Ireland captain Peter O’Mahony has challenged Joey Carbery and the other new faces in his team to seize their opportunity on the eve of their first Test against Australia in Brisbane.
The Munster flanker skippers his country for the fourth time at Suncorp Stadium as they look to build on their Grand Slam success in the spring.
Joe Schmidt has made six changes to the team that beat England to secure that success in March with Carbery starting at fly-half ahead of Johnny Sexton, who is on the bench, while Jack McGrath, Rob Herring, John Ryan, Jordi Murphy and Robbie Henshaw come into the side.
O’Mahony has encouraged all of the players who have come into the side to rise to the challenge.
“We talk about guys being able to slot in and of building a squad and guys having to take their opportunities. These are the opportunities that you can’t let pass you by,” the Corkman said.
“This is the standard of rugby that you want to be playing at and with the squad that we’ve built, certainly over the last two or three years, we always say that guys should slot in seamlessly and that’s the way we run things.”
O’Mahony, who captained the Lions in the first Test against New Zealand last year, has been impressed with the way Carbery has responded to his surprise inclusion.
“It’s been great. He’s an incredible footballer,” he said.
“He’s really grown into that leadership role. I suppose over the past two years he’s been getting better and better and he’s a big character in the squad, which you need from your 10.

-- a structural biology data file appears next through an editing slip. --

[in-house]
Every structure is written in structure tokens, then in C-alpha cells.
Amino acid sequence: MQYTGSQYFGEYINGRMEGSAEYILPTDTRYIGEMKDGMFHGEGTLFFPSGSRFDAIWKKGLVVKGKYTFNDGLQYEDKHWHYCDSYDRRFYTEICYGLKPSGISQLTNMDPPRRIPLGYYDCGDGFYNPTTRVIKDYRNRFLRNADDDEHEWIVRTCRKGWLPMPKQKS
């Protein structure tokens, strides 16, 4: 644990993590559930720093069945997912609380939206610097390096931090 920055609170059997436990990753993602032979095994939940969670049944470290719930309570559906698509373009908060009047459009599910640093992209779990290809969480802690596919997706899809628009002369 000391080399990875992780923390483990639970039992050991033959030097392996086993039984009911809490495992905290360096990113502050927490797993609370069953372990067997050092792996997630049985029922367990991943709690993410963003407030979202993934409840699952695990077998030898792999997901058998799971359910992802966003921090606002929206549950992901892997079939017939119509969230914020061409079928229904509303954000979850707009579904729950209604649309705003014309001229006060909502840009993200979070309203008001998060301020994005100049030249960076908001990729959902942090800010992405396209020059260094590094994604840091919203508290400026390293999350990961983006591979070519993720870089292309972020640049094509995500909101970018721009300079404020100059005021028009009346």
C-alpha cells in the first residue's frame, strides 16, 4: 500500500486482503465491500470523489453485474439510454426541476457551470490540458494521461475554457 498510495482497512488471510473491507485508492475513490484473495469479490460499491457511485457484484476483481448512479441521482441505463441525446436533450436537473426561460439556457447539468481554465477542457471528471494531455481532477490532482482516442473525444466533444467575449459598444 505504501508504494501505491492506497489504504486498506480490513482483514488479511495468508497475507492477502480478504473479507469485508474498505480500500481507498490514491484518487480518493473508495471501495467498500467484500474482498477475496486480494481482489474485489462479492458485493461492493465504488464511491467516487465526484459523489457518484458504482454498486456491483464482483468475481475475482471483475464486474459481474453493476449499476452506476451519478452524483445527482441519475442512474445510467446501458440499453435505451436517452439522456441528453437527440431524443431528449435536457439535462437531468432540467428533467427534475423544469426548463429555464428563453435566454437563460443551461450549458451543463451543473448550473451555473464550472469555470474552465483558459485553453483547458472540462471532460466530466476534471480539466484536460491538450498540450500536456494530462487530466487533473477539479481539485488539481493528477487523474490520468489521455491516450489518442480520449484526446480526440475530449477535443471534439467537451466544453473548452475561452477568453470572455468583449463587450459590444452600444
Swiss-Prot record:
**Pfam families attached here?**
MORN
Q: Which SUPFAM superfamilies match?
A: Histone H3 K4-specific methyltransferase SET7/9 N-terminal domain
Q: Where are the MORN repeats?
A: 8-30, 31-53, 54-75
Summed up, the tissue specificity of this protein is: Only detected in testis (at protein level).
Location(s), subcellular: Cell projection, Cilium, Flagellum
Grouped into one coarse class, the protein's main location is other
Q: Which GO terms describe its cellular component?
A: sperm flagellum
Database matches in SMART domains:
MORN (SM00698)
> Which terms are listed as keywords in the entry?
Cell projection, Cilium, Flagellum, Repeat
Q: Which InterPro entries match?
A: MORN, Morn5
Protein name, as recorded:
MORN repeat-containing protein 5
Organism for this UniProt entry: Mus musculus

“I think he’s growing all the time and it’s a huge opportunity for him tomorrow.”
Reds pair Caleb Timu and Brandon Paenga-Amosa will make their debuts in Brisbane, while Crusaders flanker Pete Samu is likely to join them off the bench.
Captain Michael Hooper has called on his team to bring a positive approach to the clash.
“We’d be silly not to run the ball with some of the strike power we’ve got,” he said.
“We’ve got a really fit team – forwards who want to work and get over the advantage-line.
“We’ve got to be smart in how we do it.
“Some of this stuff needs a little bit of a tweak sometimes in how we relieve pressure at times because we know that the Irish are good – they build pressure.
“We saw what they did to some teams in the Six Nations, how they can put up a kick anywhere on the field and keep putting pressure on you so how we deal with that is critical.”